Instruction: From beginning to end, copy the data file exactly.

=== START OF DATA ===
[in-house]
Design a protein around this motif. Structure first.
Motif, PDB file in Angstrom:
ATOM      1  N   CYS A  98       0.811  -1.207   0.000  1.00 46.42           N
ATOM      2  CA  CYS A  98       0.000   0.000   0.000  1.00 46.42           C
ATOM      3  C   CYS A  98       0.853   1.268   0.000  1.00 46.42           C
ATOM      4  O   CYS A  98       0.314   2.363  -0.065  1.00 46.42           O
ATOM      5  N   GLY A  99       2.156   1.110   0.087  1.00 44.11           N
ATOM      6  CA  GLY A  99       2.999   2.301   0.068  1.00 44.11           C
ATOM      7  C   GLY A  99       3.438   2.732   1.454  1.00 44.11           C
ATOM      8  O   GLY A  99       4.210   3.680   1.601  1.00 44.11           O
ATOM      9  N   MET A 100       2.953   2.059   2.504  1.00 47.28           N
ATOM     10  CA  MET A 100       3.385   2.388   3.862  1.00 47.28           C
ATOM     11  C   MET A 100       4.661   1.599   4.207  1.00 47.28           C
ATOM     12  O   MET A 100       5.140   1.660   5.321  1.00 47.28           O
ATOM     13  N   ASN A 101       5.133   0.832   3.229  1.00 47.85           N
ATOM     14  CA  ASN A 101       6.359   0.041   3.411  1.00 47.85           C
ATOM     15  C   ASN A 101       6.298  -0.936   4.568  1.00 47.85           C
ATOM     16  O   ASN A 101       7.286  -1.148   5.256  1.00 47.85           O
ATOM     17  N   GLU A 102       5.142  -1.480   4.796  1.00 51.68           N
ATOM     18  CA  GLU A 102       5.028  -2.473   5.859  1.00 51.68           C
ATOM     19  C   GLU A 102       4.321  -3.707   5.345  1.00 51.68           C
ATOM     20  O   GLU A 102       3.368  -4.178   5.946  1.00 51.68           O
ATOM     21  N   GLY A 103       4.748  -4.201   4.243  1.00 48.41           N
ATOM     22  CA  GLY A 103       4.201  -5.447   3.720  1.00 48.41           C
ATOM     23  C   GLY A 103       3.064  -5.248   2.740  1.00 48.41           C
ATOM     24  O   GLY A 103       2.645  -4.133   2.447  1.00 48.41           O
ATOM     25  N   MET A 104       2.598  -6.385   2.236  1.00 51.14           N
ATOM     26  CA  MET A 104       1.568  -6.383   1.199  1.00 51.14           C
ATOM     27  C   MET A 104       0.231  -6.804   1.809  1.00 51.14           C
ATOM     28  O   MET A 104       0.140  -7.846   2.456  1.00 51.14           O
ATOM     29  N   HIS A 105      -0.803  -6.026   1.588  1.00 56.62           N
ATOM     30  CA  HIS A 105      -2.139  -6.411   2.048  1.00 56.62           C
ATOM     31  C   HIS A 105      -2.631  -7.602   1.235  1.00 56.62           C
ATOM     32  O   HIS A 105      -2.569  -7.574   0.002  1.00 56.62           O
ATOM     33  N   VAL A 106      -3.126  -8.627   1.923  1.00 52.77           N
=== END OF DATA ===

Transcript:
[in-house]
Design a protein around this motif. Structure first.
Motif, PDB file in Angstrom:
ATOM      1  N   CYS A  98       0.811  -1.207   0.000  1.00 46.42           N
ATOM      2  CA  CYS A  98       0.000   0.000   0.000  1.00 46.42           C
ATOM      3  C   CYS A  98       0.853   1.268   0.000  1.00 46.42           C
ATOM      4  O   CYS A  98       0.314   2.363  -0.065  1.00 46.42           O
ATOM      5  N   GLY A  99       2.156   1.110   0.087  1.00 44.11           N
ATOM      6  CA  GLY A  99       2.999   2.301   0.068  1.00 44.11           C
ATOM      7  C   GLY A  99       3.438   2.732   1.454  1.00 44.11           C
ATOM      8  O   GLY A  99       4.210   3.680   1.601  1.00 44.11           O
ATOM      9  N   MET A 100       2.953   2.059   2.504  1.00 47.28           N
ATOM     10  CA  MET A 100       3.385   2.388   3.862  1.00 47.28           C
ATOM     11  C   MET A 100       4.661   1.599   4.207  1.00 47.28           C
ATOM     12  O   MET A 100       5.140   1.660   5.321  1.00 47.28           O
ATOM     13  N   ASN A 101       5.133   0.832   3.229  1.00 47.85           N
ATOM     14  CA  ASN A 101       6.359   0.041   3.411  1.00 47.85           C
ATOM     15  C   ASN A 101       6.298  -0.936   4.568  1.00 47.85           C
ATOM     16  O   ASN A 101       7.286  -1.148   5.256  1.00 47.85           O
ATOM     17  N   GLU A 102       5.142  -1.480   4.796  1.00 51.68           N
ATOM     18  CA  GLU A 102       5.028  -2.473   5.859  1.00 51.68           C
ATOM     19  C   GLU A 102       4.321  -3.707   5.345  1.00 51.68           C
ATOM     20  O   GLU A 102       3.368  -4.178   5.946  1.00 51.68           O
ATOM     21  N   GLY A 103       4.748  -4.201   4.243  1.00 48.41           N
ATOM     22  CA  GLY A 103       4.201  -5.447   3.720  1.00 48.41           C
ATOM     23  C   GLY A 103       3.064  -5.248   2.740  1.00 48.41           C
ATOM     24  O   GLY A 103       2.645  -4.133   2.447  1.00 48.41           O
ATOM     25  N   MET A 104       2.598  -6.385   2.236  1.00 51.14           N
ATOM     26  CA  MET A 104       1.568  -6.383   1.199  1.00 51.14           C
ATOM     27  C   MET A 104       0.231  -6.804   1.809  1.00 51.14           C
ATOM     28  O   MET A 104       0.140  -7.846   2.456  1.00 51.14           O
ATOM     29  N   HIS A 105      -0.803  -6.026   1.588  1.00 56.62           N
ATOM     30  CA  HIS A 105      -2.139  -6.411   2.048  1.00 56.62           C
ATOM     31  C   HIS A 105      -2.631  -7.602   1.235  1.00 56.62           C
ATOM     32  O   HIS A 105      -2.569  -7.574   0.002  1.00 56.62           O
ATOM     33  N   VAL A 106      -3.126  -8.627   1.923  1.00 52.77           N